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View Full Version : Favorite Tintin story/arc?


davidh777
02-26-11, 02:11 PM
Thought I'd strike up some conversation about Tintin with the movie coming this year. What's your favorite story or story arc (or album, as the Europeans would say)? For sentimental reasons, I usually pick the first one I read, The Secret of the Unicorn and Red Rackham's Treasure, but The Calculus Affair, Crystal Balls/Prisoners, and the moon adventure would also be high on my list. For the sake of this poll, I'm including only the "official" adventures, so no Soviets, Congo, Alph-Art, Lake of Sharks, etc. (doubt they'd get many votes anyway).

DonnachaOne
02-26-11, 02:17 PM
I've always liked the Moon albums. I hope they adapt them for the sequel.

Nick Danger
02-28-11, 10:38 AM
There are a lot of favorites. King Ottokar's Sceptre, Secret of the Unicorn/Red Rackham's Treasure,
Black Island, Calculus Affair . . . but if I have to choose one, I'll go with Tintin in Tibet.

I didn't understand The Calculus Affair when I first read it as a kid. Those men are policemen, so why are they acting like bad guys? My mom had to explain about dictators and police states.

Groucho
02-28-11, 10:59 AM
Cigars of the Pharoah/The Blue Lotus

davidh777
02-28-11, 02:32 PM
Forgot to vote in my own poll (/sheepish)

Bronkster
02-28-11, 11:15 PM
Hard choice but I went with Destination Moon/Explorers on the Moon. I remember watching the cartoon version back in 1962 (fuck! I'm old!) and I was totally captivated by the moon rocket (and now have one sitting above my PC)! I didn't know there were books about Tintin until I accidentally found Destination at a used book store many years later (I was kinda disappointed that the rocket didn't "land" the same way as in the cartoon :lol:).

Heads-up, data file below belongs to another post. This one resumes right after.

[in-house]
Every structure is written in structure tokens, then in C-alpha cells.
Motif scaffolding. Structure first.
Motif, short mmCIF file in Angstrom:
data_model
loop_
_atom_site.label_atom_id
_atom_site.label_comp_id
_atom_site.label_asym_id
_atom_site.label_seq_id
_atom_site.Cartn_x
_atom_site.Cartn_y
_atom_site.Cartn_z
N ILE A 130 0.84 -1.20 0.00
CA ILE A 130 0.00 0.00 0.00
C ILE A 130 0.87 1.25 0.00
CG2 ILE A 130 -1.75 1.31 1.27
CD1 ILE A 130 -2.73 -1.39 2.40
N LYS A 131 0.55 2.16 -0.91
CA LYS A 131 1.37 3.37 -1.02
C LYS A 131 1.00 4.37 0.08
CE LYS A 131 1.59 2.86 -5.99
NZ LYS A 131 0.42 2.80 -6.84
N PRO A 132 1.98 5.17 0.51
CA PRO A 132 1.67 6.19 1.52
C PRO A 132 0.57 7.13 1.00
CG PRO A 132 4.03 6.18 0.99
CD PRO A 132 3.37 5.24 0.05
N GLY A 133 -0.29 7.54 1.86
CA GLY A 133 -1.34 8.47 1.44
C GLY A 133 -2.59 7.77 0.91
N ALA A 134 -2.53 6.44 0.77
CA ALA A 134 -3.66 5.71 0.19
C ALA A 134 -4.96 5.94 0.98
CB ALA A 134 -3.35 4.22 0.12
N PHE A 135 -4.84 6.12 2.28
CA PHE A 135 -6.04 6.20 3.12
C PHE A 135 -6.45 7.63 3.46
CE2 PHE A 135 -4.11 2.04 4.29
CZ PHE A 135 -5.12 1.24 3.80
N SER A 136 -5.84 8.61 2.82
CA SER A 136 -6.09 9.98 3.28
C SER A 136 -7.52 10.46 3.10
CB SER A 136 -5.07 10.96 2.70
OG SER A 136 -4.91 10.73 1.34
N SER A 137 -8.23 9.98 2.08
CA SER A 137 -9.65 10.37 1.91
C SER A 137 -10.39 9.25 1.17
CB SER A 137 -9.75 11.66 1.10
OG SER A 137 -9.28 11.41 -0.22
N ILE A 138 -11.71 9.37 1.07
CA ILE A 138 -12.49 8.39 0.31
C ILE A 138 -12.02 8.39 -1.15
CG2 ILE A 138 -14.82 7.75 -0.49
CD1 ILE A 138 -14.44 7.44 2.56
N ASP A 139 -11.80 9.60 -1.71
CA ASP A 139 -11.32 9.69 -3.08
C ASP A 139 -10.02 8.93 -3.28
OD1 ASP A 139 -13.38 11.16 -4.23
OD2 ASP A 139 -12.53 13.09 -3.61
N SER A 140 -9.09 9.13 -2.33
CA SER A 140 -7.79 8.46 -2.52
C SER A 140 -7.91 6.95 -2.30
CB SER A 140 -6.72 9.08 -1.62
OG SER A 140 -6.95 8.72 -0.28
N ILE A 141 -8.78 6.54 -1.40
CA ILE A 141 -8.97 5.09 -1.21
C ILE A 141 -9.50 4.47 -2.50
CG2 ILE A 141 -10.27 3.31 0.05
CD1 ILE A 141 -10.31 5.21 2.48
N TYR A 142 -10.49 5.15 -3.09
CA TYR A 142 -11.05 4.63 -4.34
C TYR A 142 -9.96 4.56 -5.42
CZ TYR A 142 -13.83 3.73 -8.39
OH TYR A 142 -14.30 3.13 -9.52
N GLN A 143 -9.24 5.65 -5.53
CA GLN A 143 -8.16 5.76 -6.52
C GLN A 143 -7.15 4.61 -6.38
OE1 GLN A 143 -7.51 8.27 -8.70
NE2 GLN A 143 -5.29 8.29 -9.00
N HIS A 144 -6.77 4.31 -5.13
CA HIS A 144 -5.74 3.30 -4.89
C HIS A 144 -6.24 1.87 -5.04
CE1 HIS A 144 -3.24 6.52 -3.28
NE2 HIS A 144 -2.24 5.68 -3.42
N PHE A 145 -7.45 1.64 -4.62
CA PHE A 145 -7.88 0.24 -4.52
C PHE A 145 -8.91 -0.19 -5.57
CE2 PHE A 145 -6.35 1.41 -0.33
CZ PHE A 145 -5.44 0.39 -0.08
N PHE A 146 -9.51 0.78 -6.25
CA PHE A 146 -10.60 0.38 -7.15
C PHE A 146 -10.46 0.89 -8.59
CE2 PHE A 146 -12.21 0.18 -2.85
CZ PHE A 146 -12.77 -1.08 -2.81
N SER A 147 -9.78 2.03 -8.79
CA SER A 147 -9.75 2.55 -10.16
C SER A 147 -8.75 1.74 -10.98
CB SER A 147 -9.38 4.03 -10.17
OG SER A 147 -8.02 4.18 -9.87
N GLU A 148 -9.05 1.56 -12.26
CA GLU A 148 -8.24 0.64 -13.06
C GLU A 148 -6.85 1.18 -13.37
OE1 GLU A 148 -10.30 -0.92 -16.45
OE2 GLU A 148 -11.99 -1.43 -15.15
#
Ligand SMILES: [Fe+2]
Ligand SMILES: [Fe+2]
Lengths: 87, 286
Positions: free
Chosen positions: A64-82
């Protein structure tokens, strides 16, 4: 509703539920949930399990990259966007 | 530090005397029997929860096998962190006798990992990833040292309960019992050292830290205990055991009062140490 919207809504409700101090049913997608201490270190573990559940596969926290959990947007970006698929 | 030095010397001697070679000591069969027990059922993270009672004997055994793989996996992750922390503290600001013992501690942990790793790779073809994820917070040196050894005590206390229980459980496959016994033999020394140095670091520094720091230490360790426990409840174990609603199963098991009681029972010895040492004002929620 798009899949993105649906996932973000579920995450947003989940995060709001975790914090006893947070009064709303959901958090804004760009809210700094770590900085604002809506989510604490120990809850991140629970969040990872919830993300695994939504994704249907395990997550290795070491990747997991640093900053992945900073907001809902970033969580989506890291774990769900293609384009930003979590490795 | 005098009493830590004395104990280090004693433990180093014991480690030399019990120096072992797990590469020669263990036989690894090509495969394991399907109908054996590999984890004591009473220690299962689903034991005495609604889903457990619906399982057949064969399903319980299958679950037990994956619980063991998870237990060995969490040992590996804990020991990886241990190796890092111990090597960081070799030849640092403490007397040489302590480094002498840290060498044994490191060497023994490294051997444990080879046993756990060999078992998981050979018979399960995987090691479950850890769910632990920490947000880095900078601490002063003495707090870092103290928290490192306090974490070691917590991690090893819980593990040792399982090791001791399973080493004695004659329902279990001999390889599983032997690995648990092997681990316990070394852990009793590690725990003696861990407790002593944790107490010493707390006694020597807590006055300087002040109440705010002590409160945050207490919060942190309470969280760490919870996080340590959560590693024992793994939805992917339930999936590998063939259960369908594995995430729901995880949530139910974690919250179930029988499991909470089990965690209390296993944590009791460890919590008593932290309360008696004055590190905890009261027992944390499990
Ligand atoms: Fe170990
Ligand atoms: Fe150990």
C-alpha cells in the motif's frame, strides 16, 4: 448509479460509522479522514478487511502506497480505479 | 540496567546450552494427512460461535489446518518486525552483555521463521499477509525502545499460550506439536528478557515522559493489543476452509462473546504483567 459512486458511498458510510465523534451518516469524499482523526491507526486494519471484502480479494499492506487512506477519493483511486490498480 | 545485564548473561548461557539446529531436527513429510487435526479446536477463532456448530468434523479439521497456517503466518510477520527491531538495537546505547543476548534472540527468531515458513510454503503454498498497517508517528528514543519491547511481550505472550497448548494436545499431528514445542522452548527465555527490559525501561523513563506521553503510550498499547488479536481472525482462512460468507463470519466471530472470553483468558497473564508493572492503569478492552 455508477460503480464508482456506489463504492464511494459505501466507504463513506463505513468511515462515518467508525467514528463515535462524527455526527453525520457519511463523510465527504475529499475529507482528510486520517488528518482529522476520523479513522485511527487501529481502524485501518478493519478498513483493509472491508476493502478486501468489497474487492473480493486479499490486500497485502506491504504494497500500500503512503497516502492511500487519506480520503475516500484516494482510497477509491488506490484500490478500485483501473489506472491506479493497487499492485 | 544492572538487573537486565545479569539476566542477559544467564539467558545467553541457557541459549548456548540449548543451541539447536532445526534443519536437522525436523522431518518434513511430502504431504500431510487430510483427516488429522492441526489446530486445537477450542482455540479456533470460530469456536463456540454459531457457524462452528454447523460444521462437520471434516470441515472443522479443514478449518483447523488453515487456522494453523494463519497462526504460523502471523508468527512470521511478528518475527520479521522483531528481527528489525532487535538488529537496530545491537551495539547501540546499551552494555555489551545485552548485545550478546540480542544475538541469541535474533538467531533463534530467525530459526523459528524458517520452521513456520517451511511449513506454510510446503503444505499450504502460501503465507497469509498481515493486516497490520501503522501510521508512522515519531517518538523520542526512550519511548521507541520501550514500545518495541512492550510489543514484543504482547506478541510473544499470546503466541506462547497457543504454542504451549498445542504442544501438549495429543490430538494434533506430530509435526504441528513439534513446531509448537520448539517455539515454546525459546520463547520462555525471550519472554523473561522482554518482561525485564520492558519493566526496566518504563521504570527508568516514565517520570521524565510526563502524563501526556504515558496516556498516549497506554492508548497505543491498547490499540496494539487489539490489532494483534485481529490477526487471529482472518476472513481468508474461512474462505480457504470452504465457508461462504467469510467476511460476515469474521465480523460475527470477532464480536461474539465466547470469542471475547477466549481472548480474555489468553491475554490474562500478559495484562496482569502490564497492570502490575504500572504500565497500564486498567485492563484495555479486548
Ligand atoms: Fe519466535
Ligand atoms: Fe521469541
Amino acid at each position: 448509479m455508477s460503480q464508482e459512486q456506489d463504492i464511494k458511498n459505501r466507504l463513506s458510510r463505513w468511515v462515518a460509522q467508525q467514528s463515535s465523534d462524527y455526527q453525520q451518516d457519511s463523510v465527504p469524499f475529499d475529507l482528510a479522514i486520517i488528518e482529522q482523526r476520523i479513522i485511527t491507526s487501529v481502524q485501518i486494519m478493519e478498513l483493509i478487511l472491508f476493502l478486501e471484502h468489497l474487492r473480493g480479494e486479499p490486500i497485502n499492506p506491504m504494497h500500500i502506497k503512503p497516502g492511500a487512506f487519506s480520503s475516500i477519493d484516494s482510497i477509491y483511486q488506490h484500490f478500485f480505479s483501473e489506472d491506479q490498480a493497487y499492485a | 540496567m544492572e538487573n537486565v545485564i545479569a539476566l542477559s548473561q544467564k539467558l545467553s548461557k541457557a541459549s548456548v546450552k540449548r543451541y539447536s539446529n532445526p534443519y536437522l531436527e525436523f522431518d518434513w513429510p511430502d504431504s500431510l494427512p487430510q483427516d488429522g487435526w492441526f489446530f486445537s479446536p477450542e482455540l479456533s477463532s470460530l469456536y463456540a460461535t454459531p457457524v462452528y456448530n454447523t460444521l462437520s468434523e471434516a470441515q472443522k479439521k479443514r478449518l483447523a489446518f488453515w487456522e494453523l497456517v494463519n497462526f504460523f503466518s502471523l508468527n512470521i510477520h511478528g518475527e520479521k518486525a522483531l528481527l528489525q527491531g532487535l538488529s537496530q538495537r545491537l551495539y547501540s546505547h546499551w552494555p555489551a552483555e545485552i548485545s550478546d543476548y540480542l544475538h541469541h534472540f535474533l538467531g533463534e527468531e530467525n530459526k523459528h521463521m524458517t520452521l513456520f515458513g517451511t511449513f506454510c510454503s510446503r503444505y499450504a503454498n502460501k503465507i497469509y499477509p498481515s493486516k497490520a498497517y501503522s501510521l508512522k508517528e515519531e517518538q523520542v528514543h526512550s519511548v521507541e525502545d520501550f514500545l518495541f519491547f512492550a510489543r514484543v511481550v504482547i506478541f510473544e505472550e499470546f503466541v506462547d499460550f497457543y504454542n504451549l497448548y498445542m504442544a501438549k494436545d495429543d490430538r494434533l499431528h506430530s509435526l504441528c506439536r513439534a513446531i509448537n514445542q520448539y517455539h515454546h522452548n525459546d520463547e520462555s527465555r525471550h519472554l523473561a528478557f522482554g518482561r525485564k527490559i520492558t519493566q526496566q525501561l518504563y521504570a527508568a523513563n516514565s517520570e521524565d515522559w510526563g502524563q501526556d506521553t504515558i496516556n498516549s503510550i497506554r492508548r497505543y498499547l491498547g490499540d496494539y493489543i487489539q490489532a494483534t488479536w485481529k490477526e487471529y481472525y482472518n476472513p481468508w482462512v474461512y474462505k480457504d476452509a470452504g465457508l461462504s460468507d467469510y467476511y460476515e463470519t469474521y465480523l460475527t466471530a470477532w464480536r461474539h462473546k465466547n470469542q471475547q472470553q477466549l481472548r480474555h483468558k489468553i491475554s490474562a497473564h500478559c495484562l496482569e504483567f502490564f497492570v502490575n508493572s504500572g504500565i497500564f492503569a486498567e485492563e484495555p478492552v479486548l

I've reread all the books numerous times. I still enjoy the heck outta them.

bluetoast
03-01-11, 12:35 AM
Too hard to choose, read them all at least once, most of them at least 4+ times. So...I should revisit them all before the year is up!

The Secret of the Unicorn/Red Rackham's Treasure - Perfect introduction to the world of Tintin, and the Captain's first and one of his best appearances. Great adventure that sets up the base for the rest of the series, both in terms of characters (Haddock, Twins, Nestor, Calculus), and the physical base, Marlinspike Hall.

The Castafiore Emerald - Not necessarily the best, but here Herge shows here that you don't have to travel the world to have an entertaining Tintin adventure. That really is a testament to his storytelling ability, plus many major characters are involved and it's a funny change of pace. The cover art for this one is among the best.

Tintin in Tibet is definitely top tier. Amazing story of friendship, and different in that there are no "villians" per se, but it's just Tintin the character at his best and most determined, and we see a more serious side of Haddock, with some really emotional moments. Amazing.